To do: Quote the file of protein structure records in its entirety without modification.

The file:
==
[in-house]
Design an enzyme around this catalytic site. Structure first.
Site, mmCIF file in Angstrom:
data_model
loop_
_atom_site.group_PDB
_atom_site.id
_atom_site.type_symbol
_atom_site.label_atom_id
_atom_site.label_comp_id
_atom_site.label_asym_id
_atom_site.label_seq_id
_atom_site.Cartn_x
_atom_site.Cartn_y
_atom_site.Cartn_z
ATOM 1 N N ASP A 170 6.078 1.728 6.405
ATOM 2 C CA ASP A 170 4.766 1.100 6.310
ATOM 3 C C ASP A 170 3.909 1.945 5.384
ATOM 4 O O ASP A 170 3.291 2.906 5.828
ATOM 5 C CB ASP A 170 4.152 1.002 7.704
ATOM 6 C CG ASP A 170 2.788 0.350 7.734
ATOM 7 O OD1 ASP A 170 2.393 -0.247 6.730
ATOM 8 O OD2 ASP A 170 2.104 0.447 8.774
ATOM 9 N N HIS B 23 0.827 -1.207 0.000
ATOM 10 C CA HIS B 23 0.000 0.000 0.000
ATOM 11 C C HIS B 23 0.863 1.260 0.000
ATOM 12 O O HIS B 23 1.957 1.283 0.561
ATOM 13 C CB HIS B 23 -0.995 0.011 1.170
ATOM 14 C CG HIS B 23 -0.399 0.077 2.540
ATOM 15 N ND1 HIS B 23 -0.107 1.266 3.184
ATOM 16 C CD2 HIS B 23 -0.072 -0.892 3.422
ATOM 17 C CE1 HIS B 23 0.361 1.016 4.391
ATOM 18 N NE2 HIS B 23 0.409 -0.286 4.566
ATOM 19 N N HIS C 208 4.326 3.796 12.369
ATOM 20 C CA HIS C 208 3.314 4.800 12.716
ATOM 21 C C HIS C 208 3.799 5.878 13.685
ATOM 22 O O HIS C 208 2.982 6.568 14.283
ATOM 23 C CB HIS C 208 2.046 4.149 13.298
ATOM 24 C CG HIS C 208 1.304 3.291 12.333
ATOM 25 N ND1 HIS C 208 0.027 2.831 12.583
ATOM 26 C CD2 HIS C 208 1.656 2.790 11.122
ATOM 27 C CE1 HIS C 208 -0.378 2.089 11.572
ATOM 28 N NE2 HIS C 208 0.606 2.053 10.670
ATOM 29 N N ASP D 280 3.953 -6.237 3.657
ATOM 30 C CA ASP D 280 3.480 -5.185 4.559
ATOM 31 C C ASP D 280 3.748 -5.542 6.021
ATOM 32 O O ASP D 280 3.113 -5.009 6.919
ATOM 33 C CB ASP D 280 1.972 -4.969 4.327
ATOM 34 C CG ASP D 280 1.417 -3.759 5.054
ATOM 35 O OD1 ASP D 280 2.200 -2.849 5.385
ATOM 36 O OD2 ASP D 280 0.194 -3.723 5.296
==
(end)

[in-house]
Design an enzyme around this catalytic site. Structure first.
Site, mmCIF file in Angstrom:
data_model
loop_
_atom_site.group_PDB
_atom_site.id
_atom_site.type_symbol
_atom_site.label_atom_id
_atom_site.label_comp_id
_atom_site.label_asym_id
_atom_site.label_seq_id
_atom_site.Cartn_x
_atom_site.Cartn_y
_atom_site.Cartn_z
ATOM 1 N N ASP A 170 6.078 1.728 6.405
ATOM 2 C CA ASP A 170 4.766 1.100 6.310
ATOM 3 C C ASP A 170 3.909 1.945 5.384
ATOM 4 O O ASP A 170 3.291 2.906 5.828
ATOM 5 C CB ASP A 170 4.152 1.002 7.704
ATOM 6 C CG ASP A 170 2.788 0.350 7.734
ATOM 7 O OD1 ASP A 170 2.393 -0.247 6.730
ATOM 8 O OD2 ASP A 170 2.104 0.447 8.774
ATOM 9 N N HIS B 23 0.827 -1.207 0.000
ATOM 10 C CA HIS B 23 0.000 0.000 0.000
ATOM 11 C C HIS B 23 0.863 1.260 0.000
ATOM 12 O O HIS B 23 1.957 1.283 0.561
ATOM 13 C CB HIS B 23 -0.995 0.011 1.170
ATOM 14 C CG HIS B 23 -0.399 0.077 2.540
ATOM 15 N ND1 HIS B 23 -0.107 1.266 3.184
ATOM 16 C CD2 HIS B 23 -0.072 -0.892 3.422
ATOM 17 C CE1 HIS B 23 0.361 1.016 4.391
ATOM 18 N NE2 HIS B 23 0.409 -0.286 4.566
ATOM 19 N N HIS C 208 4.326 3.796 12.369
ATOM 20 C CA HIS C 208 3.314 4.800 12.716
ATOM 21 C C HIS C 208 3.799 5.878 13.685
ATOM 22 O O HIS C 208 2.982 6.568 14.283
ATOM 23 C CB HIS C 208 2.046 4.149 13.298
ATOM 24 C CG HIS C 208 1.304 3.291 12.333
ATOM 25 N ND1 HIS C 208 0.027 2.831 12.583
ATOM 26 C CD2 HIS C 208 1.656 2.790 11.122
ATOM 27 C CE1 HIS C 208 -0.378 2.089 11.572
ATOM 28 N NE2 HIS C 208 0.606 2.053 10.670
ATOM 29 N N ASP D 280 3.953 -6.237 3.657
ATOM 30 C CA ASP D 280 3.480 -5.185 4.559
ATOM 31 C C ASP D 280 3.748 -5.542 6.021
ATOM 32 O O ASP D 280 3.113 -5.009 6.919
ATOM 33 C CB ASP D 280 1.972 -4.969 4.327
ATOM 34 C CG ASP D 280 1.417 -3.759 5.054
ATOM 35 O OD1 ASP D 280 2.200 -2.849 5.385
ATOM 36 O OD2 ASP D 280 0.194 -3.723 5.296